Rice: It’s not just delicious, it’s also the building block of a large percentage of the world’s diet. But rice—and how we finally figured out how to domesticate it—is responsible for shaping a lot more than just what’s on our plates.
A new study published in Nature Plants by researchers from the University of Manchester, led by Peter Civán, looks at the origins of when rice was first domesticated by early peoples. In addition to the two origins of domesticated rice researchers had already proposed (indica, from the Brahmaputra valley, and japonica from the Yangtze valley), there was likely a third variety that originated completely separately, somewhere near central India and Bangladesh. The findings are the result of an in-depth forensic genetic analysis of modern rice varieties, traced back to the wild rice plants that started to be cultivated 10,000 years ago.
Why would rice springing up in three locations be a bigger deal than just two, or even one? It would be hard to overstate how significant the cultivation of rice was for ancient civilizations to form. Just like now, it was a staple crop for older civilizations, allowing them to put down roots and feed much larger populations than ever before.
Previous analyses had put the new aus varieties into the indica group, suggesting that they were simply hybrids and offshoots of the varieties that had been developed in the Brahmaputra valley. But if rice did indeed have a third, independent point of domestication, it could tell us a lot about both what was going on with those civilizations thousands of years ago and the level of contact they may have had with each other—especially when paired with information from archaeological digs.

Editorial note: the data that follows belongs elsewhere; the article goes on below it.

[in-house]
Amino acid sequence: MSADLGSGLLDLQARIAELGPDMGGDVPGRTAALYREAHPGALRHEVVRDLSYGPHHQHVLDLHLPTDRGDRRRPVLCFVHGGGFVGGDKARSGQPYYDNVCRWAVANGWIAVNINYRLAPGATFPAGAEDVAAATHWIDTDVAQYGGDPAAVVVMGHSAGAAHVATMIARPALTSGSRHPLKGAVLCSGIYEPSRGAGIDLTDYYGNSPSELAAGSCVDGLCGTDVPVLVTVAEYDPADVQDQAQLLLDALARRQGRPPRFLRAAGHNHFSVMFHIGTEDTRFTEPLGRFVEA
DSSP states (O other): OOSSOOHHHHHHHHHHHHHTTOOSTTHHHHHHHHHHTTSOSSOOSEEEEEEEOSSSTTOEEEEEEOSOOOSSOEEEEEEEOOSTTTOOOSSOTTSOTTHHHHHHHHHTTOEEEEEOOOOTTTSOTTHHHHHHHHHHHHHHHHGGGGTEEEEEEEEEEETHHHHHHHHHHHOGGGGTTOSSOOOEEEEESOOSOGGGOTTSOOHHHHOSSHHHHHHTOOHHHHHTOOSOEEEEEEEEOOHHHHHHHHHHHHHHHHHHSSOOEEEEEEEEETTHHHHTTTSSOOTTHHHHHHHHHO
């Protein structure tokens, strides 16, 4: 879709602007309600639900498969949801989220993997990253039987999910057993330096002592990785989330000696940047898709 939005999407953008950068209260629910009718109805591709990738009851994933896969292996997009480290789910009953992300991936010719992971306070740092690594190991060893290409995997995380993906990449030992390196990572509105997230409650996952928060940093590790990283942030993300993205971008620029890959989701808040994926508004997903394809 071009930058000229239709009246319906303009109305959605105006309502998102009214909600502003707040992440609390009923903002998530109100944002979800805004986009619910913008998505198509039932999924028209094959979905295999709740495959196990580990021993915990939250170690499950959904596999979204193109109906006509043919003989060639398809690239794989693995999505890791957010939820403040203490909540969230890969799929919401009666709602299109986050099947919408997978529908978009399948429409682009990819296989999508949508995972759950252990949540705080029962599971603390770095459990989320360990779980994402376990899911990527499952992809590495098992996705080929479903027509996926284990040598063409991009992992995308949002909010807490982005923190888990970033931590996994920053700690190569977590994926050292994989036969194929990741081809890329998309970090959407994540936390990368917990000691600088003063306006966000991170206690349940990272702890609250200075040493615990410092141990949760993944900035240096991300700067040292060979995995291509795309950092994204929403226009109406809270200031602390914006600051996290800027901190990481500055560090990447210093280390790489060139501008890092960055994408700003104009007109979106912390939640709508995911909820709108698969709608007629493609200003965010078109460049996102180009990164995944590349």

This, however, is not just an academic debate over what once was; it also could have some implications for how we eat in the future.
Knowing where ancient rice crops were first developed gives us clues about how to look for some of rice’s more recent ancestors today. But why would someone want to find old rice plants? Because the genes of those very early rice plants could hold the solutions to some of our very modern food problems.
Our climate is changing and our population is growing. If a wild variety of rice had traits that could, perhaps, allow us to grow rice in warmer temperatures, let rice survive in drier conditions, or simply increase harvest yield, that could utterly transform the food security situation of billions of people.
This is why some plant geneticists have started to search for some of these old plants, to see if we can find any surviving plants from before domestication, and study their genetics. Because of the climate of the origination, researchers in the Nature paper have wondered if the wild aus varieties may have been especially good for drought resistance. What we find may end up being as important for surviving the future as it is for understanding the past.
Top image: Yunnan county rice fields in China / JialiangGao; Chart: Civán et al. / Nature Plants